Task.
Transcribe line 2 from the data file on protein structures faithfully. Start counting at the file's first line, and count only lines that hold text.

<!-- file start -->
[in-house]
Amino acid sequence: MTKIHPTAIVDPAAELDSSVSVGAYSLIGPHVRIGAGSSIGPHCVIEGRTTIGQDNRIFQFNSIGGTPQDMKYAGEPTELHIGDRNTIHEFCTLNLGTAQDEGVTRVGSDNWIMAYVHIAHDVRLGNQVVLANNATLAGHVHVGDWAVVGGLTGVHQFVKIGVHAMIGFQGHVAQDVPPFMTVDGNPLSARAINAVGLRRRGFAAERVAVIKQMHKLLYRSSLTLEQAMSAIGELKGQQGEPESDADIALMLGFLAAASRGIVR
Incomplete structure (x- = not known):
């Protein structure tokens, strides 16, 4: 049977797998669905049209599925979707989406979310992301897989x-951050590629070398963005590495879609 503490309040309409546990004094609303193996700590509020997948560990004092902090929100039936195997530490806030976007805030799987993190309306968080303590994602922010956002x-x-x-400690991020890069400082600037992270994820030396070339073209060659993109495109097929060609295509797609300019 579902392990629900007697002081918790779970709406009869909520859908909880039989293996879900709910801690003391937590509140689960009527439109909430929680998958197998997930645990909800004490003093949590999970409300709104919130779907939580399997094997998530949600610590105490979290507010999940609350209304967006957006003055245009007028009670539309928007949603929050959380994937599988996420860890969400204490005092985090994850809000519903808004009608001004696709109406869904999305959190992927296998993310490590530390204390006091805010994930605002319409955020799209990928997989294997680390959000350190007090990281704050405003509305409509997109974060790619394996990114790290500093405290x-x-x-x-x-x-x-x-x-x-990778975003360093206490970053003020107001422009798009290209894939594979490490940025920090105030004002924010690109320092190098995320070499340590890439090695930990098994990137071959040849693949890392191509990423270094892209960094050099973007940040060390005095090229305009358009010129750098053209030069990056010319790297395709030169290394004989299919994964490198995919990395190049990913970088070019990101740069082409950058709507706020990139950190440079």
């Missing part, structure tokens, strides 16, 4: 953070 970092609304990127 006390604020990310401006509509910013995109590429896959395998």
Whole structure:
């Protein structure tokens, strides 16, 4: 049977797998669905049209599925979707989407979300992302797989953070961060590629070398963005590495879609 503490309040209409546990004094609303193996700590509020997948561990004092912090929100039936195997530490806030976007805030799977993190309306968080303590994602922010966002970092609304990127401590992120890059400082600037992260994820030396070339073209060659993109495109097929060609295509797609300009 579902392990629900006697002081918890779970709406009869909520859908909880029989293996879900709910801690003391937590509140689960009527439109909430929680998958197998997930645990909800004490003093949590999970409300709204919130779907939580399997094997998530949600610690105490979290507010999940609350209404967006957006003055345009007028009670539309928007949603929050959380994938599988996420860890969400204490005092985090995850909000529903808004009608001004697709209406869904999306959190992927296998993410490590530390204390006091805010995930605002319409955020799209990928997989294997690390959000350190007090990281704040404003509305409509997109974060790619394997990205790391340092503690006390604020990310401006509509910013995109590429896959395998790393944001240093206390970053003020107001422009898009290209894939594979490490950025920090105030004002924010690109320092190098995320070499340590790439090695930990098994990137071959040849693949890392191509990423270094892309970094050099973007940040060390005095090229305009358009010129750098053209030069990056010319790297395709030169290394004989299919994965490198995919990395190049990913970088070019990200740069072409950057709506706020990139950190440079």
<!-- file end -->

Amino acid sequence: MTKIHPTAIVDPAAELDSSVSVGAYSLIGPHVRIGAGSSIGPHCVIEGRTTIGQDNRIFQFNSIGGTPQDMKYAGEPTELHIGDRNTIHEFCTLNLGTAQDEGVTRVGSDNWIMAYVHIAHDVRLGNQVVLANNATLAGHVHVGDWAVVGGLTGVHQFVKIGVHAMIGFQGHVAQDVPPFMTVDGNPLSARAINAVGLRRRGFAAERVAVIKQMHKLLYRSSLTLEQAMSAIGELKGQQGEPESDADIALMLGFLAAASRGIVR